[page 8] A popular novel has recently asserted that the Christian Church has no right to test the fitness of men for its communion by their belief or non-belief in a set of creeds which were written and adopted by scholarly ecclesiastics who directed the Church during the least spiritual period of her history. If, as this widely read book contends, the leadership of the Church depends upon her ability to guide and enlighten men in the complexities and contradictions of modern life, then the test of the communicant should be his willingness to bear a man's share in the self-sacrificing labor involved in this period of maladjustment in which we find ourselves.

By this test no man has a better right to speak for the Church than the author of this book, although this is by no means his only qualification. No one can be really useful in the long and delicate task of social adaptation unless in addition to the unresting desire for universal justice he is informed on the [page 9] economic situation and the changes being urged by various bodies of people.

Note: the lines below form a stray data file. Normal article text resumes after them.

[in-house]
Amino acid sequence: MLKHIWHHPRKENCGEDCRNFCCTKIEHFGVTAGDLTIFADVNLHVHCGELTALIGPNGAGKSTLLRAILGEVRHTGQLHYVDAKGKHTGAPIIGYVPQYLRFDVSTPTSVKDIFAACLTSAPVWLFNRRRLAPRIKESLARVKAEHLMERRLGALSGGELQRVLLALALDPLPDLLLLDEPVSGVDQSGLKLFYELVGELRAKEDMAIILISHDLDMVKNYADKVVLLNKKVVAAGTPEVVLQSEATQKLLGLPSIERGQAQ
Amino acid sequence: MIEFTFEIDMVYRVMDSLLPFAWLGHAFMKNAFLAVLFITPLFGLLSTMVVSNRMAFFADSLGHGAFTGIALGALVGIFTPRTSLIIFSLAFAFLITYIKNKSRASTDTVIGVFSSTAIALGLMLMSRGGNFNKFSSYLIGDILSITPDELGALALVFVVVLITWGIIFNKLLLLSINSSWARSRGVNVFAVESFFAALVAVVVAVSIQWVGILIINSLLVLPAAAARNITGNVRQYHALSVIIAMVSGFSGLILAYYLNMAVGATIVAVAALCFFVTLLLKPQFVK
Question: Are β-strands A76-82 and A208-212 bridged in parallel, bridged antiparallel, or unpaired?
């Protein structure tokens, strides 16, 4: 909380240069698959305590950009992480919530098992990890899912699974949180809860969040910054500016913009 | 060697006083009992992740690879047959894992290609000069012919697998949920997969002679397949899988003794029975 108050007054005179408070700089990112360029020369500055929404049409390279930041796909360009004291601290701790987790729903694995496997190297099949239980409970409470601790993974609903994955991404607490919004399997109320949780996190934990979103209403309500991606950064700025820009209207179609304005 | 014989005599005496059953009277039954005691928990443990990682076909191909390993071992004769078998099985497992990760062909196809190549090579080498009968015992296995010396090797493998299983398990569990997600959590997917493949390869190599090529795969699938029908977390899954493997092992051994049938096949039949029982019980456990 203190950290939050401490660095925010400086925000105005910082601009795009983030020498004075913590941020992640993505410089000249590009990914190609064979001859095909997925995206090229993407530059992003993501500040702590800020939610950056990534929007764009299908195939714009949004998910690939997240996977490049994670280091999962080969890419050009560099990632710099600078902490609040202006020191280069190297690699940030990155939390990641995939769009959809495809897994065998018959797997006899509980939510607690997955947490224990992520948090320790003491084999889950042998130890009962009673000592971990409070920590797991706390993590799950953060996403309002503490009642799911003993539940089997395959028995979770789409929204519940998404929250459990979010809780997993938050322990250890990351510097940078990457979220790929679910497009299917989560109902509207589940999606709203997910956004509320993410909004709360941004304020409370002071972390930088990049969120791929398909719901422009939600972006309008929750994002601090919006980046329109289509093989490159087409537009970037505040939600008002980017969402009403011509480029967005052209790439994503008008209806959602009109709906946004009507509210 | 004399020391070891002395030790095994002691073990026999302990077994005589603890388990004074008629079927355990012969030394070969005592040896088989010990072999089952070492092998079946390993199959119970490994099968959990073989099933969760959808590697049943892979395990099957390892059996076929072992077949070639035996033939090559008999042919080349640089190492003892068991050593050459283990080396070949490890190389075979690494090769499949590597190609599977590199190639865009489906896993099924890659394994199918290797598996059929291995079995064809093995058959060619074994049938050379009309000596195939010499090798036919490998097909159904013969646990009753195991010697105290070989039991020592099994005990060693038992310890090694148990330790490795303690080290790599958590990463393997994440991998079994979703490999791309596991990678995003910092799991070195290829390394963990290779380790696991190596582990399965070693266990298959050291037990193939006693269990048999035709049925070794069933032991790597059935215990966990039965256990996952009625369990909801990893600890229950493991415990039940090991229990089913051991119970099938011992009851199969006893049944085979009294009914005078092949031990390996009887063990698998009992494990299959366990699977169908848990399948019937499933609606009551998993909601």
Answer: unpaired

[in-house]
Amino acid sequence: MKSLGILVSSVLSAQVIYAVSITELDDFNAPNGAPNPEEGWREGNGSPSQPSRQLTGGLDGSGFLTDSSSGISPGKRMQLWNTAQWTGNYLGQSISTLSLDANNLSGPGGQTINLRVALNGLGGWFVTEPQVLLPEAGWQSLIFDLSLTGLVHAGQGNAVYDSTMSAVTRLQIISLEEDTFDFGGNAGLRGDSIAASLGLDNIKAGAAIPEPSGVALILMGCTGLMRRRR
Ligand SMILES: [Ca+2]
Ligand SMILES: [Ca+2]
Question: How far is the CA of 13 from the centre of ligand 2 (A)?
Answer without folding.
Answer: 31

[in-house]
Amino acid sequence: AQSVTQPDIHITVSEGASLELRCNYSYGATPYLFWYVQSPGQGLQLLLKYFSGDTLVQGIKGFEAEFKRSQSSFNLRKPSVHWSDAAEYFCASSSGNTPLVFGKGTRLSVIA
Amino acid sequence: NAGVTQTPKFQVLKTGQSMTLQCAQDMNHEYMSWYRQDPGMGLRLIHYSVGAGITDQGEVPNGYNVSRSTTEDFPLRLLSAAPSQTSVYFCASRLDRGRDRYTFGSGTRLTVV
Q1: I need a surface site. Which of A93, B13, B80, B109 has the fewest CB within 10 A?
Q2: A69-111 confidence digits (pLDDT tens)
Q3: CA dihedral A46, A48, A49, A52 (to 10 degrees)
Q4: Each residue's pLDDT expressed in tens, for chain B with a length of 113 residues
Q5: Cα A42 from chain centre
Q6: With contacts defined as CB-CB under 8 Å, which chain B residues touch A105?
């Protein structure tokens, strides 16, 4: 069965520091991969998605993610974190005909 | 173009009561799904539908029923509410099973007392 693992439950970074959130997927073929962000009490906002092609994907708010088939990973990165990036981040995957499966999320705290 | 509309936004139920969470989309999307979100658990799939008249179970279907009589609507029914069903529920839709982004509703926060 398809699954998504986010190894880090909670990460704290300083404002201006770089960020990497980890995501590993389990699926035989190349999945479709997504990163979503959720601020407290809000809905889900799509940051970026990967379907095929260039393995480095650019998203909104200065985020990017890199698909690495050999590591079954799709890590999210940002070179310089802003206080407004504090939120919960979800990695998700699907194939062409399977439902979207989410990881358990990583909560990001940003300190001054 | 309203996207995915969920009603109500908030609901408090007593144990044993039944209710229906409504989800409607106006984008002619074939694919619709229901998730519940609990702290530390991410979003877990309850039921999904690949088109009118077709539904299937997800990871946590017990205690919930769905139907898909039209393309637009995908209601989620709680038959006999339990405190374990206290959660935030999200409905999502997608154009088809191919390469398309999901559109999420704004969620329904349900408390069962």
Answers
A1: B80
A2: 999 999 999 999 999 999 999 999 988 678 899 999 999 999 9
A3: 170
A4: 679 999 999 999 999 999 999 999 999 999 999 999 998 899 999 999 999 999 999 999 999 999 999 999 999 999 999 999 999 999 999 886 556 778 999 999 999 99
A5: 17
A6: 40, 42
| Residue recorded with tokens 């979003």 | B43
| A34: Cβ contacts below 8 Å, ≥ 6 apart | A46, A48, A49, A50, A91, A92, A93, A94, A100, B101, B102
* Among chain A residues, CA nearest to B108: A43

As a sympathetic student of social movements, understanding the larger hopes of men, in the early years of Chicago Commons Dr. Taylor every week presided over a "free-floor" discussion where men of all social faiths were made welcome. Chicago was at that time characterized by a challenging discussion of the existing social order. Each school of social philosophy preached not so much its own remedies as the necessity of clearing away much of the present industrial organization before any remedies could be applied, or rather before social reconstruction could begin. Even among the socialists there were many radicals of more zeal than learning, who felt that the end of the competitive system was approaching and urged a morality such as could be applied only to a world on the brink of destruction. These ardent speakers, therefore, distrusted all tendencies towards social improvements and denounced [page 10] any compromise on the part of socialists with the existing state. They looked askance at any accommodating spirit evinced by a capitalistic society, and at the growing humanitarianism of an enfeebled bourgeoisie. Above all they disliked the theory of the common interest of labor and capital for which the social settlement stood, as well as the gradual interpenetration of the two classes.